A 66-year-old retired corporate lawyer in Florida jumped on top of a 7-foot alligator all in an attempt to save his "best friend," a small terrier dog named Bounce.
"I just knew that my best friend was going to be dead," Steve Gustafson told the Orlando Sentinel. "And I took off."
The grandfather was hanging out in his backyard of his home at The Villages, a retirement community near Orlando, while the 9-year-old West Highland terrier wandered close to the shore of a nearby pond.
That's when Gustafson said he heard Bounce yelp and saw the alligator carrying his dog away in its mouth.
"For whatever reason, I don't know, I just yelled, 'you're not going to get her!' and just leaped on the gator…just like you do some silly belly flop in a pool," Gustafson told the paper. "The only difference was I landed on top of a gator."
But the rescue didn't come without a fight. The 130-pound gator reportedly tried to pin Gustafson to the bottom of the 3-foot-deep pond before he was able to outmaneuver it, finally setting Bounce free.
Gustafson said he then "tossed" the gator back into the pond and raced for the shore. Both Bounce and Gustafson sustained minor injuries, receiving medical attention and a few stitches.
His neighbors responded by giving Gustafson a superhero cape and alligator belt buckle.
Still, they both came out far ahead of the unlucky gator, who was captured and killed by a local trapper.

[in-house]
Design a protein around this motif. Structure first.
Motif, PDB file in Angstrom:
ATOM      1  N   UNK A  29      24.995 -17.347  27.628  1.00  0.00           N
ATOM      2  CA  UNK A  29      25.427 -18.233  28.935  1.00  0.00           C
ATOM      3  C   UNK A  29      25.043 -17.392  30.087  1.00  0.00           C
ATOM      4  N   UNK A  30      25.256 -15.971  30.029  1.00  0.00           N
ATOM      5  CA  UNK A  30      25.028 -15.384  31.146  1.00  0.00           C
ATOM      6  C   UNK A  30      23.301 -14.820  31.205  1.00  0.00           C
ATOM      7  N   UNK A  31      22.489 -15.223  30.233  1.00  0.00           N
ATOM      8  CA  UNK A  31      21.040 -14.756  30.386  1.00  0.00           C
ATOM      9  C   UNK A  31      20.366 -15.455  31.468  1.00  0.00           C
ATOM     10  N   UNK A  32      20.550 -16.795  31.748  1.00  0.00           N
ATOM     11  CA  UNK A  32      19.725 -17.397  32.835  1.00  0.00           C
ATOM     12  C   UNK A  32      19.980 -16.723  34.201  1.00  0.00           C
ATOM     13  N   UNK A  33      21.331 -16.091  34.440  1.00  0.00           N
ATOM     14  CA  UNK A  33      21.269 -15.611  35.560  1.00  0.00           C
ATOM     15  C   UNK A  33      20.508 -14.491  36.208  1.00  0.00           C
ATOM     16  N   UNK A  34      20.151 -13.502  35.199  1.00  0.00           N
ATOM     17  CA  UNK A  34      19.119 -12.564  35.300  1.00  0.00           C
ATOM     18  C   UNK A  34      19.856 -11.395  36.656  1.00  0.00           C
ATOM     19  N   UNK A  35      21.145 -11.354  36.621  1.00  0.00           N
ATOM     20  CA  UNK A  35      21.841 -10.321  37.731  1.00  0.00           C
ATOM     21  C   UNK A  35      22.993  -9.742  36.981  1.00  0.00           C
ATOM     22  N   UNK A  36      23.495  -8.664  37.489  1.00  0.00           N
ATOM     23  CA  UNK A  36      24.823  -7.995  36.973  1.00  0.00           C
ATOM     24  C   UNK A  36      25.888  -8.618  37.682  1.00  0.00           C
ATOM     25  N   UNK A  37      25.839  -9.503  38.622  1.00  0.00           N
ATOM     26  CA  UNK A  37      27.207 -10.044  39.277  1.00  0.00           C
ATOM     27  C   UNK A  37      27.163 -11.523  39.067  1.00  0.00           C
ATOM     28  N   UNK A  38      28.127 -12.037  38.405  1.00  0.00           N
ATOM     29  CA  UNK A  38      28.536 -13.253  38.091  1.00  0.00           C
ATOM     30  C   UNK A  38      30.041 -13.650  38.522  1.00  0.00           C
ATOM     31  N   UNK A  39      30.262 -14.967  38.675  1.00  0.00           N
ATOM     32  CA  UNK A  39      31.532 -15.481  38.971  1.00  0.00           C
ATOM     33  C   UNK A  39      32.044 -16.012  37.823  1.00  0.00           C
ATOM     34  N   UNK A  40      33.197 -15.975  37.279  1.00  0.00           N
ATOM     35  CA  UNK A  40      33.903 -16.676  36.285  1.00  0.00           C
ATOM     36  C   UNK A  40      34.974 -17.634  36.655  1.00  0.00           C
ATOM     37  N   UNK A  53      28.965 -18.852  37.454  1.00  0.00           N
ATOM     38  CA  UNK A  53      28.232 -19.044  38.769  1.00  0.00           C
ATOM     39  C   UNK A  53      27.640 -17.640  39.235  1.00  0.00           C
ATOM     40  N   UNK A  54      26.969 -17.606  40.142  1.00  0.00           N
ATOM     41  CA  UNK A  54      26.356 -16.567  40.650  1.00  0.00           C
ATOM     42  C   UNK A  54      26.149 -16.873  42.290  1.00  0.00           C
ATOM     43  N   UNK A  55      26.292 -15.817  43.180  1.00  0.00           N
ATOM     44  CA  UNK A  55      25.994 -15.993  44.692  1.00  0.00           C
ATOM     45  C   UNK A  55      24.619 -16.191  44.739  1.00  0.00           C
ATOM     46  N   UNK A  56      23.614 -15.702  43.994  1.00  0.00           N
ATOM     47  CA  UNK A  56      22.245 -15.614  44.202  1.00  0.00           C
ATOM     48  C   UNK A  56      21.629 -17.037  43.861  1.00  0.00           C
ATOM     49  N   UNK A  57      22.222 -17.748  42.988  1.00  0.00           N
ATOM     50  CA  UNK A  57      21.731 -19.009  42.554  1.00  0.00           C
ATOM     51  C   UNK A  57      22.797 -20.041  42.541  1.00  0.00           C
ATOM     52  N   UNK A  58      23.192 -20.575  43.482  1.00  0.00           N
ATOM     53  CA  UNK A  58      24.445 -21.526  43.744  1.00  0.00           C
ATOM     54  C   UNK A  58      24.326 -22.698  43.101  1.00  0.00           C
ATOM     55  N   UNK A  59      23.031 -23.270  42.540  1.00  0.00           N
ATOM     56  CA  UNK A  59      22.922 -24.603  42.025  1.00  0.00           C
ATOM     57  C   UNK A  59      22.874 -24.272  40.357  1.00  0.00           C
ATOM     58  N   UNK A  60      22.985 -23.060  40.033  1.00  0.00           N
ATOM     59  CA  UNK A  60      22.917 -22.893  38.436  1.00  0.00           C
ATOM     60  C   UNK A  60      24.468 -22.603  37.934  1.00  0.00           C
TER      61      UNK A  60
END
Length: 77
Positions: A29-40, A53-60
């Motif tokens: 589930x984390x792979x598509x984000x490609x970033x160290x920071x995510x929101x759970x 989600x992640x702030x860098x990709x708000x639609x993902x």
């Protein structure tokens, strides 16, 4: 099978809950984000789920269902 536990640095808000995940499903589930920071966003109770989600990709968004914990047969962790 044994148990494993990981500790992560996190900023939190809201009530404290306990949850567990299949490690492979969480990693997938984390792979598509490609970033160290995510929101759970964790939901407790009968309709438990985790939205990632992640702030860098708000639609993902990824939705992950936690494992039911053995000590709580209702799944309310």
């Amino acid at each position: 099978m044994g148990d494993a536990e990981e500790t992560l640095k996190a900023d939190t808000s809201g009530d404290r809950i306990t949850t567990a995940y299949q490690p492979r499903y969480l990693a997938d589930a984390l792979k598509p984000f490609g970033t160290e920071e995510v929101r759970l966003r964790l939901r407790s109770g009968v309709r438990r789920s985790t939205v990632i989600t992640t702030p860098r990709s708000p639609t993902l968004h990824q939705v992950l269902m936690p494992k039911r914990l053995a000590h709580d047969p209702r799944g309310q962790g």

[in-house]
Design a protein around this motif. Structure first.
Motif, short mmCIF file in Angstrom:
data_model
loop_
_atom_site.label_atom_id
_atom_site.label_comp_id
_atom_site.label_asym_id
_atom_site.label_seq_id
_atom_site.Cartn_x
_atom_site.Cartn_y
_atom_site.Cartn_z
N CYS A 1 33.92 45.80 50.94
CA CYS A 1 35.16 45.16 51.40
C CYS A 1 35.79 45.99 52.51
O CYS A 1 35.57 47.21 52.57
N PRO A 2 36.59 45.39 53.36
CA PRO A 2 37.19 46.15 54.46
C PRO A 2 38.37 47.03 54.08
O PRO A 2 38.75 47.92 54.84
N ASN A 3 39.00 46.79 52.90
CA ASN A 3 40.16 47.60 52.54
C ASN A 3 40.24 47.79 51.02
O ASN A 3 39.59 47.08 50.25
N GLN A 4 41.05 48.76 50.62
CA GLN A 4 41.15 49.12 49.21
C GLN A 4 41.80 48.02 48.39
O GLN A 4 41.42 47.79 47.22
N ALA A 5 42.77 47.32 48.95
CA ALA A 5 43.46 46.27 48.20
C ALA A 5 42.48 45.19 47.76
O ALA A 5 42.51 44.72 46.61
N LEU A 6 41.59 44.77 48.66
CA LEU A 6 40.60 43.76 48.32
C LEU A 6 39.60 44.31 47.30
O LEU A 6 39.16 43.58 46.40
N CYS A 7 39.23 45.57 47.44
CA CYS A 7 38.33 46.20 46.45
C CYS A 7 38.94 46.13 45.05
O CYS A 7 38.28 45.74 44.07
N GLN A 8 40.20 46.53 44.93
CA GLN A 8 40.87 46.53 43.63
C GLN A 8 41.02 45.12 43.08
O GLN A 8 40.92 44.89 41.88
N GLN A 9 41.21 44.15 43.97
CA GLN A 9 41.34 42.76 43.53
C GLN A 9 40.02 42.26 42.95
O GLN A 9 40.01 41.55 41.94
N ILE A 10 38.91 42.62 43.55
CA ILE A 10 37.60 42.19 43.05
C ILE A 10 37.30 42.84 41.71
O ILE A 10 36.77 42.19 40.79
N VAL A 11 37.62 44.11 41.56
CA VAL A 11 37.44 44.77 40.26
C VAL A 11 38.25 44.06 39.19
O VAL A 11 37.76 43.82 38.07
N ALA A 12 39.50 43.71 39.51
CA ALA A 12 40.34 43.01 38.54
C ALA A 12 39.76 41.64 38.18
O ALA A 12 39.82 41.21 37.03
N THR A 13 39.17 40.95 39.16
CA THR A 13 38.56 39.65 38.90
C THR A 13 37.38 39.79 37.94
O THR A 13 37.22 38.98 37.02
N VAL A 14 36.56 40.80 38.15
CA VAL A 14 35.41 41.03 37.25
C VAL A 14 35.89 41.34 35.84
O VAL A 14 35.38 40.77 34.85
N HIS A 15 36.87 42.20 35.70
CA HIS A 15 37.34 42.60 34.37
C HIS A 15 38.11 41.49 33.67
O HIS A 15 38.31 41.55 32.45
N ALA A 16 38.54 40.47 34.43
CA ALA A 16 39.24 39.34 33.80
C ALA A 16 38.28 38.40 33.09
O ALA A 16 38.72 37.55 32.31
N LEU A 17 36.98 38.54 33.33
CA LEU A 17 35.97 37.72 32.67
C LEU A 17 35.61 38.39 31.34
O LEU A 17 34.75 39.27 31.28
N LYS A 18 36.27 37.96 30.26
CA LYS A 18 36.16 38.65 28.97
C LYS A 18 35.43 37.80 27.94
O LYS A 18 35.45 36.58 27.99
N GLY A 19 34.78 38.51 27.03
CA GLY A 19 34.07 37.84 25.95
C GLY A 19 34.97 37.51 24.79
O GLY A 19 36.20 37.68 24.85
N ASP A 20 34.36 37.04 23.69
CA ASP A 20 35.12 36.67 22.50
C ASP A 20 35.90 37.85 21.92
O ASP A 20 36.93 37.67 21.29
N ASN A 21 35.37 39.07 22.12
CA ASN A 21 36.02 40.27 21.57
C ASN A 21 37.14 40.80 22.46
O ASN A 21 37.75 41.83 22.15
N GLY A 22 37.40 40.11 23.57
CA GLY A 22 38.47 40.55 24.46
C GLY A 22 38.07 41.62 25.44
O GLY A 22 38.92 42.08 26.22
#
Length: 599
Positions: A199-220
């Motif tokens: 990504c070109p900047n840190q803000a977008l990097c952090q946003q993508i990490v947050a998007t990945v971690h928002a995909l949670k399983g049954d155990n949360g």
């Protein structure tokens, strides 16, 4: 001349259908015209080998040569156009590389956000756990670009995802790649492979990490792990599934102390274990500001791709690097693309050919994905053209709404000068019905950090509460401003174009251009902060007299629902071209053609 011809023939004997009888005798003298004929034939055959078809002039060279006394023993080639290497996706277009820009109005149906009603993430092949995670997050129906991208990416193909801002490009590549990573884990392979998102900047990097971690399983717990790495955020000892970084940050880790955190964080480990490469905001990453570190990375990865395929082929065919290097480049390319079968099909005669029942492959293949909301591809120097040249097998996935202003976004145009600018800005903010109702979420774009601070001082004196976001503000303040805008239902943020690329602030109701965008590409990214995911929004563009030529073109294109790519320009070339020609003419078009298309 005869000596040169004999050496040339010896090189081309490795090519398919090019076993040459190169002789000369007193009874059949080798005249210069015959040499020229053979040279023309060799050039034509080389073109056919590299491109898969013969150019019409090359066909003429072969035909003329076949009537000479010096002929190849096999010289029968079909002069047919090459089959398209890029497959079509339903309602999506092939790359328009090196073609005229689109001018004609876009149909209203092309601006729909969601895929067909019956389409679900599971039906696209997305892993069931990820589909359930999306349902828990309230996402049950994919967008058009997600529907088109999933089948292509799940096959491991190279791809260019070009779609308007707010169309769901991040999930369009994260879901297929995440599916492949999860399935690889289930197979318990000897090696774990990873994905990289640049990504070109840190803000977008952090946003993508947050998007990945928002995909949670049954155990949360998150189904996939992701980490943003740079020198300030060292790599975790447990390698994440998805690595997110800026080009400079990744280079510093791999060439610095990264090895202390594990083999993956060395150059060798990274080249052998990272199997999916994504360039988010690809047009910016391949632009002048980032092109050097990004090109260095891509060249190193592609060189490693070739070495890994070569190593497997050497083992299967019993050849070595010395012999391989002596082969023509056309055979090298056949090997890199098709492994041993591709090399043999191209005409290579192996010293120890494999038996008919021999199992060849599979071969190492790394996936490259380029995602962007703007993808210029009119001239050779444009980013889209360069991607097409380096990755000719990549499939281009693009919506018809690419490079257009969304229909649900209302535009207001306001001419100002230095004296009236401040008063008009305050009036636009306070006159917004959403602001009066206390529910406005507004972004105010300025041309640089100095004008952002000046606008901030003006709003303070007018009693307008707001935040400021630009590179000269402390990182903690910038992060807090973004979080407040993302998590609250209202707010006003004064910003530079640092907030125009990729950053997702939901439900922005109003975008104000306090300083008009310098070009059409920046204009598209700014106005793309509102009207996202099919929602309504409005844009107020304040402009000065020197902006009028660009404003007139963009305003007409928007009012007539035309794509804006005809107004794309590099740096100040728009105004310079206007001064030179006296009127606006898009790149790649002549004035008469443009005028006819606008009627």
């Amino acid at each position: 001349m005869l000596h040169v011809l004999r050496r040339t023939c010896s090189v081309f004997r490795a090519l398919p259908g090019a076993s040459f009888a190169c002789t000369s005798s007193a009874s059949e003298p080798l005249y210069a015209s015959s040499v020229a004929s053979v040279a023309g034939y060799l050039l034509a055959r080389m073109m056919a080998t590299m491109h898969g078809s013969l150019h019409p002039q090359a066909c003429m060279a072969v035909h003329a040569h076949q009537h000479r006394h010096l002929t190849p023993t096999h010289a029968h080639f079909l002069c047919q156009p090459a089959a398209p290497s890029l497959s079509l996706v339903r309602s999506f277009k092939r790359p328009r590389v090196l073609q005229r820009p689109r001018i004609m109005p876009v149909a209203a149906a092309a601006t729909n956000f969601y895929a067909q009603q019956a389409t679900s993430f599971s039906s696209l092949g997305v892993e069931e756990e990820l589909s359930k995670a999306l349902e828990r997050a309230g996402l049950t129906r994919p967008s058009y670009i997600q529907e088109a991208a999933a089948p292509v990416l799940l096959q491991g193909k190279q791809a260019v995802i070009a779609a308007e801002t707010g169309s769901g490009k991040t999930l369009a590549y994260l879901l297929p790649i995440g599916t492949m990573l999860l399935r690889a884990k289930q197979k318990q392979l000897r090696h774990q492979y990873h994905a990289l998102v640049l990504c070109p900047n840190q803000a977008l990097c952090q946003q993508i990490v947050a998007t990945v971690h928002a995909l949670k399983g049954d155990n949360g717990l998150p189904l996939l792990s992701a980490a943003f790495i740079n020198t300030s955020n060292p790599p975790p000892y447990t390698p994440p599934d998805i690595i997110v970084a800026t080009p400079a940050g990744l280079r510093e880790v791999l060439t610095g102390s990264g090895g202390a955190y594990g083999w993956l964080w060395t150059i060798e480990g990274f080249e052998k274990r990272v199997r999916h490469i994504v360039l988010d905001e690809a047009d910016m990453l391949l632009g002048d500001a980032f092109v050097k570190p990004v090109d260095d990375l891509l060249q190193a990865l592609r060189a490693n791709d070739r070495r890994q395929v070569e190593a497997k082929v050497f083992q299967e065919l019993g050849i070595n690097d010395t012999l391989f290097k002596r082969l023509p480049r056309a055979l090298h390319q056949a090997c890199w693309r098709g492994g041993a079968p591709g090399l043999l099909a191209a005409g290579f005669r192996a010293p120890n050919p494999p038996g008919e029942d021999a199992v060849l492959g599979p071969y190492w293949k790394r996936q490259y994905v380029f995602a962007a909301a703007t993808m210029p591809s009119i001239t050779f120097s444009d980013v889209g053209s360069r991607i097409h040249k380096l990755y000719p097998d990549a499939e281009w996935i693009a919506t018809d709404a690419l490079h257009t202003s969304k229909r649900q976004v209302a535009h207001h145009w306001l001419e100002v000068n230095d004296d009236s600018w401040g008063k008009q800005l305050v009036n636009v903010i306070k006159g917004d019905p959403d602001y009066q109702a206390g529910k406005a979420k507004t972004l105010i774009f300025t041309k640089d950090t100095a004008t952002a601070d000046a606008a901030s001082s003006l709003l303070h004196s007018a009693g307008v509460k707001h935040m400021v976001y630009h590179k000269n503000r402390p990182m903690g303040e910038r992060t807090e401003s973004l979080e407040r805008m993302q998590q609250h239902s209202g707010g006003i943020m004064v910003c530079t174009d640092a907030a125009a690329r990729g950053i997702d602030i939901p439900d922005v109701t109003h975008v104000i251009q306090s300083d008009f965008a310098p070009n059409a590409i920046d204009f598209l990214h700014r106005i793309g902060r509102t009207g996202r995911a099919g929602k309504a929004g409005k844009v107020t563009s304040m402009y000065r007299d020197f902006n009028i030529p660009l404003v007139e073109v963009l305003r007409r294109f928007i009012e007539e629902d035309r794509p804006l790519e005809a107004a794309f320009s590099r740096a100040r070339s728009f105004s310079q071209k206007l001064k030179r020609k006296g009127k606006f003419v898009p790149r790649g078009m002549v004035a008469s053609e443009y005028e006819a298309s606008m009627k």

"It's like being in a really bad car accident and walking away from it," Gustafson said. "If I hesitated I would have lost my best friend."
Needless to say, Florida Fish and Wildlife Conservation Commission official Patrick Delaney said Gustafson's story is not one others should try to emulate.
"They're fast, and they can be dangerous," Delaney said. "So, I would give them a healthy respect."
Wildlife officials said alligator populations thrive during this time of year, with high temperatures and an ample food supply. Authorities in Louisiana extended the normal window for alligator hunting season this year to October 5th because of the large numbers.
In December, a 70 long and 30 foot wide "Gator in the Bay" art project will be unveiled in Miami, with a giant gator head made of all recycled material will float in the water as part of an effort to raise awareness for conservation efforts in the Florida Everglades.